Open Access Articles- Top Results for Endodontics


An endodontist operating on his patient.
Occupation type
Activity sectors
Education required
dental degree
Related jobs
Oral and Maxillofacial Surgery

Endodontics (from the Greek roots endo- "inside" and odont- "tooth") is the dental specialty concerned with the study and treatment of the dental pulp. Endodontists perform a variety of procedures including endodontic therapy (commonly known as "root canal therapy"), endodontic retreatment, surgery, treating cracked teeth, and treating dental trauma. Root canal therapy is one of the most common procedures. If the dental pulp (containing nerves, arterioles, venules, lymphatic tissue, and fibrous tissue) becomes diseased or injured, endodontic treatment is required to save the tooth. Endodontics is recognized as a specialty by many national dental organizations including the British General Dental Council, American Dental Association, Royal College of Dentists of Canada, Indian Dental Association, and Royal Australasian College of Dental Surgeons.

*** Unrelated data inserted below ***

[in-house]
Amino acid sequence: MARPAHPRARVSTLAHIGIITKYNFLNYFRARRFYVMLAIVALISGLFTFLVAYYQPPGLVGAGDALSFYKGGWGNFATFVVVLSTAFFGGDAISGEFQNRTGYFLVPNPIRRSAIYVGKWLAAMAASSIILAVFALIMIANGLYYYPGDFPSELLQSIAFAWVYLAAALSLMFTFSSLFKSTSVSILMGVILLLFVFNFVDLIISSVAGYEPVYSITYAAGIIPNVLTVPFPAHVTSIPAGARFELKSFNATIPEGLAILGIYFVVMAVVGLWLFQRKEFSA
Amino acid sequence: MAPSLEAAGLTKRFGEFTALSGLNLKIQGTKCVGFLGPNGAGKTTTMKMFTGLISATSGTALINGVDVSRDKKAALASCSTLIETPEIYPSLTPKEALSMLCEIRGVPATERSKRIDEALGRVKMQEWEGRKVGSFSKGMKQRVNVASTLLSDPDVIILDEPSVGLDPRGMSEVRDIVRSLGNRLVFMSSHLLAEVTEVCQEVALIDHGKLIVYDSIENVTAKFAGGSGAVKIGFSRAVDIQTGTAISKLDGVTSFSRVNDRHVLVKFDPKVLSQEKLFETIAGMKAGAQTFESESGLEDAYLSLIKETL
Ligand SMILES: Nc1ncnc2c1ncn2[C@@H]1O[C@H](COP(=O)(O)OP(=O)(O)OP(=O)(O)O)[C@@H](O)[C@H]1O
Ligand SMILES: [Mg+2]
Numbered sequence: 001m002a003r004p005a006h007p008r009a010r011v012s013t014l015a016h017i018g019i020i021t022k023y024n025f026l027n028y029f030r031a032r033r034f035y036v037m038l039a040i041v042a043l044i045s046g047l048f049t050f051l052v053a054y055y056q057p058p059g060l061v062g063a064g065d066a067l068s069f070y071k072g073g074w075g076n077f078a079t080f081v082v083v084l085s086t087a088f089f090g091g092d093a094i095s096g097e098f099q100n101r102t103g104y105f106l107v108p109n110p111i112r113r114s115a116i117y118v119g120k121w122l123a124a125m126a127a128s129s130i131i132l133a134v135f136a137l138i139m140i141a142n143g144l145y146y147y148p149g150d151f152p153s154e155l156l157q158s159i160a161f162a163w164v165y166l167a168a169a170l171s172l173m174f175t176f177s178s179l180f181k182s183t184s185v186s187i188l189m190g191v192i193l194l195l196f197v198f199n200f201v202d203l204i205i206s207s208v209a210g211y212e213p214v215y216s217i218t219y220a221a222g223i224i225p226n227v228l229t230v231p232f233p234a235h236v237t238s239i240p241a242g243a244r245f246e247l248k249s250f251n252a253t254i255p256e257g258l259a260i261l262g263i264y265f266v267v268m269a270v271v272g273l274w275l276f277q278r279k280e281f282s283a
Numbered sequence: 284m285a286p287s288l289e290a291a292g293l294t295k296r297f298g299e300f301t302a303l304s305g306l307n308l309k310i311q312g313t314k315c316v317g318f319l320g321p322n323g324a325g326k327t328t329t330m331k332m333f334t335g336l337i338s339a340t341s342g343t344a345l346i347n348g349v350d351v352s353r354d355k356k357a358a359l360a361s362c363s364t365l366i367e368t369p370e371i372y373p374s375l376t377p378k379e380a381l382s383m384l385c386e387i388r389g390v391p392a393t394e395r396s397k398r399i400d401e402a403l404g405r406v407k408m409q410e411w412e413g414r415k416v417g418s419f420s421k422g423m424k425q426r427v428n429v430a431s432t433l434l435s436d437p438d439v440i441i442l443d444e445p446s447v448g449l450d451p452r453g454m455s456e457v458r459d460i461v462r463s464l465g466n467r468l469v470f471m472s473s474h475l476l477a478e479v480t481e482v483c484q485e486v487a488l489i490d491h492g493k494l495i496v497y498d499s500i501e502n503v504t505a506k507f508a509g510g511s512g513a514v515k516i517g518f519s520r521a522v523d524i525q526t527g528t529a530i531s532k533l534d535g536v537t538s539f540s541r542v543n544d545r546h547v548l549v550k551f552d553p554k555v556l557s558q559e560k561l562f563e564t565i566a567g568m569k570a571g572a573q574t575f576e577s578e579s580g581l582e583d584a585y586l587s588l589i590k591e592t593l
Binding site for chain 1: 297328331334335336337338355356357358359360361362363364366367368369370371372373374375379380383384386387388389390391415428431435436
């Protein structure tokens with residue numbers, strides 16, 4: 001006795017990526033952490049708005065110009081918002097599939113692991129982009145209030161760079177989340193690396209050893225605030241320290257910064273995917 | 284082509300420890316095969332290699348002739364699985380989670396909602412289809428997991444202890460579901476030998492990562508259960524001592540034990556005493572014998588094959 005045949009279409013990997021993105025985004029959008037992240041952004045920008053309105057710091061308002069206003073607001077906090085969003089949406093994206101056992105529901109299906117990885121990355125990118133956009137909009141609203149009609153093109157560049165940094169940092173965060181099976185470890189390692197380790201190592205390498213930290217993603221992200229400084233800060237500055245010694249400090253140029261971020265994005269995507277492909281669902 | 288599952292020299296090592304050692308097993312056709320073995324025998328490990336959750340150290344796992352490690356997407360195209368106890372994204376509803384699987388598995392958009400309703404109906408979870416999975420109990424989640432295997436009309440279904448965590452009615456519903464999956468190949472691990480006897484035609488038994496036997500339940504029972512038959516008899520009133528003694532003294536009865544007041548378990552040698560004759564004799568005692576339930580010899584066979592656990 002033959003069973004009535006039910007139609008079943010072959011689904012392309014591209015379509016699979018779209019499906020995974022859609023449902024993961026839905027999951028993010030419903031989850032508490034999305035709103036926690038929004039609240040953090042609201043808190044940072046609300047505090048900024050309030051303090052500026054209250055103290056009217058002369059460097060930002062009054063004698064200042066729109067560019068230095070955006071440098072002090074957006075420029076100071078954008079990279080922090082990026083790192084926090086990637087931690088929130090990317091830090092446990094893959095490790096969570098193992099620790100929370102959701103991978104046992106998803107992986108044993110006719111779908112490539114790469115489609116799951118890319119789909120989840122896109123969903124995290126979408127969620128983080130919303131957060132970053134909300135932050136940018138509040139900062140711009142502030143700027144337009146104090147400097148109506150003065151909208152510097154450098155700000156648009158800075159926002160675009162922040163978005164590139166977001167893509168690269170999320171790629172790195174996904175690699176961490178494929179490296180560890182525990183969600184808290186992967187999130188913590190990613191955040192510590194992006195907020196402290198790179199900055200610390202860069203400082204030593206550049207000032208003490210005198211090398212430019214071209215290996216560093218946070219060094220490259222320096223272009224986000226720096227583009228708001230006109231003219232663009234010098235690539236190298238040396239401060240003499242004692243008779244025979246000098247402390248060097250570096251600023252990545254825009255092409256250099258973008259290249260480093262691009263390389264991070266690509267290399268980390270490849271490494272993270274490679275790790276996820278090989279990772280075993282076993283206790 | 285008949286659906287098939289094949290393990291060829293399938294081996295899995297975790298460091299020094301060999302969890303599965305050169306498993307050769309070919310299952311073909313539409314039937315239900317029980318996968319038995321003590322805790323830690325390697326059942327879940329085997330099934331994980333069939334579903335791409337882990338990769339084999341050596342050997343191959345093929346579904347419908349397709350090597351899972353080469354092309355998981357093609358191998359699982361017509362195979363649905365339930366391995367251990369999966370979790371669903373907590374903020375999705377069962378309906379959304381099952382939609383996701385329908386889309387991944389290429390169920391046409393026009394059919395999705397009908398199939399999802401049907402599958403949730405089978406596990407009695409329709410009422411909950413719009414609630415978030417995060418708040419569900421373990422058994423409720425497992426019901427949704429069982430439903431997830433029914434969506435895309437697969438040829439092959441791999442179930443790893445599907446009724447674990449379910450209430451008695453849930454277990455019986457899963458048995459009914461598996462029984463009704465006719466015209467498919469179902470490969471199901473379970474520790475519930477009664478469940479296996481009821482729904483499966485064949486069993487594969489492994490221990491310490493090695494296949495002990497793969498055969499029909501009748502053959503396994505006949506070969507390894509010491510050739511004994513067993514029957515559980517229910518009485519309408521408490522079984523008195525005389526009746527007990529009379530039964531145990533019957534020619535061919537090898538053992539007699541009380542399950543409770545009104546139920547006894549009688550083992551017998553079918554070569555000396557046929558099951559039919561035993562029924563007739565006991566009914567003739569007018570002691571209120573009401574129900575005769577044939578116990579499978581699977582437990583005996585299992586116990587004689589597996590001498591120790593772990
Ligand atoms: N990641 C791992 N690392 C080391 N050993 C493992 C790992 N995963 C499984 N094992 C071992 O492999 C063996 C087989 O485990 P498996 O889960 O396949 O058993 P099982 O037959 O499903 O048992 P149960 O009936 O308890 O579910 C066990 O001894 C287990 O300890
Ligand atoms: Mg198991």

In the United States after finishing a dental degree, a dentist must undergo 2-3 additional years of postgraduate training to become an Endodontist. American Dental Association (CODA) accredited programs are a minimum of two years in length. Following successful completion of this training the dentist becomes Board eligible to sit for the American Board of Endodontics examination. Successful completion of board certification results in Diplomate status in the American Board of Endodontics.

There are 50 endodontic training programs in the United States, in which roughly 400 students are enrolled.


In Egypt, the students need at least 3 years of post-graduating programs (master degree).

See also

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External links



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